How lawyer-turned-boutique-owner Tina Kourasis, JD’96, found a job that fits.
Tina Kourasis doesn’t remember being into clothes or fashion as a girl, but the intensive curriculum she encountered at the Law School left her feeling creatively stifled. So Kourasis, JD’96, suddenly found herself spending every Sunday watching Style with Elsa Klensch. From street style to couture, “I was just completely fascinated by it,” she says. Clothes soon became her “visual outlet,” her stress relief, and her passion.
She began her legal career at a Chicago firm but “tried for years to do something with fashion in some way or another.” In her free time she wrote a column in a Chicago magazine and hosted what-to-wear segments on the local CBS morning show. Around 2004 Kourasis started to focus her intellectual property legal practice on global branding, licensing, and counterfeiting in the apparel industry, working with several denim lines in Los Angeles. Kourasis remembers, “We'd be on these conference calls and they'd be discussing design and I'm thinking, I'd love to be there, doing that, instead of being the lawyer.”
Kourasis’s personal style is the same as VMR’s—“everything is white and blush and gray and black and navy” and easy to wear. She is drawn to simple, sporty outfits topped off with a statement coat or a metallic accessory and loves denim. Her closet is also stocked with knitwear, “because we live in Chicago.” (Photo courtesy Tina Kourasis, JD’96)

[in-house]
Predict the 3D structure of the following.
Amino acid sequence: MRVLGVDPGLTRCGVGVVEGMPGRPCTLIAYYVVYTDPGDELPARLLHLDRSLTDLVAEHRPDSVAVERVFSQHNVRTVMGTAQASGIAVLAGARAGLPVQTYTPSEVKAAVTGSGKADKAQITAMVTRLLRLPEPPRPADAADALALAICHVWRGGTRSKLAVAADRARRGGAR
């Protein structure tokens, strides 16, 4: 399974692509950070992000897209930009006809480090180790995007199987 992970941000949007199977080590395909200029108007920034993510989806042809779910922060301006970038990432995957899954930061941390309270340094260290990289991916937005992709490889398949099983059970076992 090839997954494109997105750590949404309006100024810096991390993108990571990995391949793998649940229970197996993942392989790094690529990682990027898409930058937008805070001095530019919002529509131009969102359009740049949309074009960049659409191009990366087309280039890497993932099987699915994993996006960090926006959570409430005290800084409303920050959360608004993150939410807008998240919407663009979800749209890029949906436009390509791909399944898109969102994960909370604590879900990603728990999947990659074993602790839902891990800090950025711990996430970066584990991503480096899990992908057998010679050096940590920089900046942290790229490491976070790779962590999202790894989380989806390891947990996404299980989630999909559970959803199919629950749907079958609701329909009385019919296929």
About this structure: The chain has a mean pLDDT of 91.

Kourasis and her longtime friend Mark Gill, a personal shopper and stylist, had been talking for years about opening a boutique. Her husband, investment banker Nicholas Pavlidis, JD’98, MBA’98, had run the numbers on a preliminary business model and found it would be profitable but challenging, so they held off—until 2012, when Gill’s jokes about how he should sell his clients’ castoffs turned into an idea for a designer resale shop. Kourasis was finally ready to take the plunge. She had been working as a lawyer for the Chicago Sun-Times for five years; it was her “most interesting legal job” but fashion still beckoned. In 2013 Kourasis and Gill opened VMR (an acronym for vintage, modern, resale), in Chicago’s Gold Coast neighborhood.
The store has since transitioned into all new clothing. Kourasis constantly researches new designers to find brands that fit the boutique’s aesthetic, what she describes as “style for the everyday life”—neutral colors, comfortable fabrics, “great things people actually want to wear.”
For an easy, put-together look, Kourasis recommends a classic, linear blazer paired with a tee shirt or button down, jeans or skinny pants, and heels. “It just makes you feel like rock-and-roll,” she says. “I don’t know how else to explain it.” (Photo courtesy Tina Kourasis, JD’96)
Kourasis uses her legal training daily as VMR’s president—she handles all vendor contracts, loan agreements, and similar fine print–laden documents (“We’ve never had to hire a lawyer, obviously”) and has a deep understanding of branding from her days as an intellectual property lawyer. But she’s traded counting billable hours for Fashion Week trips to discover new designers, and hasn’t looked back. “I'm so happy. No matter what happens with this business I will have done it, really done it,” she says. “As stressful as it can be, this just feels the most natural for me.”